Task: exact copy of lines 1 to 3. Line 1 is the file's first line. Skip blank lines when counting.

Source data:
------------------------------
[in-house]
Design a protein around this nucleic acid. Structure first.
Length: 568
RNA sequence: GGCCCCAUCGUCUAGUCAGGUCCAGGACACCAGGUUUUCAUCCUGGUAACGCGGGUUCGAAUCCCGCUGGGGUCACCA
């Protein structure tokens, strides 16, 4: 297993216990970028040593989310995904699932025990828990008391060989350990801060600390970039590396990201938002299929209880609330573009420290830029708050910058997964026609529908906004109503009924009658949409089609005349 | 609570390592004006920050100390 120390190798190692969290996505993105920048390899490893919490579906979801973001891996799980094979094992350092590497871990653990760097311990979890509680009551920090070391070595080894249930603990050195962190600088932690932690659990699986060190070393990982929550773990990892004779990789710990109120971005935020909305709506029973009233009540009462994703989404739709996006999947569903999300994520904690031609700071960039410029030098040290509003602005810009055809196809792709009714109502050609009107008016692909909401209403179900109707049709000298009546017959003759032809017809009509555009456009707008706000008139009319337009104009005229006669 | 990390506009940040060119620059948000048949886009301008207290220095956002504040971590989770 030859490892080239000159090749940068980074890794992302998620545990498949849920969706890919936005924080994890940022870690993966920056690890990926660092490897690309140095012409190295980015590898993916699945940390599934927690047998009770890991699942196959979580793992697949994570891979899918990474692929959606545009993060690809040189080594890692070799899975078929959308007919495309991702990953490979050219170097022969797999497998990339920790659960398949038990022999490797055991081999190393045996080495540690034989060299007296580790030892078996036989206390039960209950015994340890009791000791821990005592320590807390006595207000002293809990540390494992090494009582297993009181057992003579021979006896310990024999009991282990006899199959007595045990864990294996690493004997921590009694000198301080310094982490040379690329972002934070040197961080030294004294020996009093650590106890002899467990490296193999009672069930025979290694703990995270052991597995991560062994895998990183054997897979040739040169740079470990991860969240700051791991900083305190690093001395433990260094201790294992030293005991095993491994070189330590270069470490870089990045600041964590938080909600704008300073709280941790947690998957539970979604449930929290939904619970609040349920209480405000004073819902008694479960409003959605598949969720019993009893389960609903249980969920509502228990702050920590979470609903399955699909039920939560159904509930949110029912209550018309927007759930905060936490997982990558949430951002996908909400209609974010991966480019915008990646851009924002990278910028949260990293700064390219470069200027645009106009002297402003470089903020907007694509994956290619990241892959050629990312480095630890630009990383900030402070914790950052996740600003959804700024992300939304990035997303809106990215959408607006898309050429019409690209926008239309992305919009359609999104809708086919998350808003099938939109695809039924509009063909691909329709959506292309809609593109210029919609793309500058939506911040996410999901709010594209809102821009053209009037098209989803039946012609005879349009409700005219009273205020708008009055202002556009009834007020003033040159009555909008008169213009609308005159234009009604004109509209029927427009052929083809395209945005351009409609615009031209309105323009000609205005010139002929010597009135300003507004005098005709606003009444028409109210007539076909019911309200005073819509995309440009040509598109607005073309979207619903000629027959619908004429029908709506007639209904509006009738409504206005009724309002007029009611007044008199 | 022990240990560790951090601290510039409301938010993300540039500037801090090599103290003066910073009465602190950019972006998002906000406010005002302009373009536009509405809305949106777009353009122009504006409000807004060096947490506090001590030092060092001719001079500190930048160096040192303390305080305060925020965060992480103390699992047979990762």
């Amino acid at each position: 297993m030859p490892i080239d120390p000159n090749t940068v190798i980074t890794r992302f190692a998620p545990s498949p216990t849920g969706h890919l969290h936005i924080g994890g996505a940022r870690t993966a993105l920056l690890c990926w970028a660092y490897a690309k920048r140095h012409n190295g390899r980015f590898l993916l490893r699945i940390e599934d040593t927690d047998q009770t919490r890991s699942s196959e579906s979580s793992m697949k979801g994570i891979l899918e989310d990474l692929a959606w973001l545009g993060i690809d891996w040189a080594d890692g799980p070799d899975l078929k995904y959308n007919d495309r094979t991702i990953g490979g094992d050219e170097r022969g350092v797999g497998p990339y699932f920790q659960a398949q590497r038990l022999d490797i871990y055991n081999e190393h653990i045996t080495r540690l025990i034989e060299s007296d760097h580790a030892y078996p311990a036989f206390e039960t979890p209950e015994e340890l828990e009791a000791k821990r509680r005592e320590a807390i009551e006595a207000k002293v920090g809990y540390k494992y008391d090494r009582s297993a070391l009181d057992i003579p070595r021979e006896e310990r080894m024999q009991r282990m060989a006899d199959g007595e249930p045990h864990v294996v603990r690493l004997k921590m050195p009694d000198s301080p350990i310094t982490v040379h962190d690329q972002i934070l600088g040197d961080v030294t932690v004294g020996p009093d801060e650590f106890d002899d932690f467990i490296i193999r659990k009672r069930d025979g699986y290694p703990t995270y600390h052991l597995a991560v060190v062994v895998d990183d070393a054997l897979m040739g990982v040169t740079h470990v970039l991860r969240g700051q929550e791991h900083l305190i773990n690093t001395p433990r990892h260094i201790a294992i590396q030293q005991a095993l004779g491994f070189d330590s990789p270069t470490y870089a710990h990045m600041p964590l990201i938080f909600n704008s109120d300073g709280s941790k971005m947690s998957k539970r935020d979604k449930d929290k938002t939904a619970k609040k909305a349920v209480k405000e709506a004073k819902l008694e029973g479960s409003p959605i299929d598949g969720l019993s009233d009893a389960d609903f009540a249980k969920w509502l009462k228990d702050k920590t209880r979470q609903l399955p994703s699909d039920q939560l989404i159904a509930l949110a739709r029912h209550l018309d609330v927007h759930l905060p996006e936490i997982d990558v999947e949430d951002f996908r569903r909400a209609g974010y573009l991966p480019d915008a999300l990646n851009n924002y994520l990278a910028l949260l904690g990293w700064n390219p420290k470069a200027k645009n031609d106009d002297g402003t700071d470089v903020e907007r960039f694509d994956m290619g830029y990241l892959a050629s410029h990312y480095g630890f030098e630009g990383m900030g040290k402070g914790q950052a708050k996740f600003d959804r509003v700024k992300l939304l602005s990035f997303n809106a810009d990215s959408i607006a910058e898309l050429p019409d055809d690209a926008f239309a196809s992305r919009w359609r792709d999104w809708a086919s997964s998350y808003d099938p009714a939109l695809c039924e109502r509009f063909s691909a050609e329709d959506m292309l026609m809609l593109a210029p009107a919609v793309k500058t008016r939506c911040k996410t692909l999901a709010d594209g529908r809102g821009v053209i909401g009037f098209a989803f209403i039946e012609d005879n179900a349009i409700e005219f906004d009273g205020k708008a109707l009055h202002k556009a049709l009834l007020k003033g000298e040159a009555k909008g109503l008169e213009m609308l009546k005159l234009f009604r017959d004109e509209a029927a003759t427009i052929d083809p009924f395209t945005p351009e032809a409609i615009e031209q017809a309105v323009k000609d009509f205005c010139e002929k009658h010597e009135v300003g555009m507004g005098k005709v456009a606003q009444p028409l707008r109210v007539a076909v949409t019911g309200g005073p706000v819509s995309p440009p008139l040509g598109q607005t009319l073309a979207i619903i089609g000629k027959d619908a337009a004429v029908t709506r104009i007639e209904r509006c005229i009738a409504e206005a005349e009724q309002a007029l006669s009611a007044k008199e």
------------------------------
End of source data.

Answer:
[in-house]
Design a protein around this nucleic acid. Structure first.
Length: 568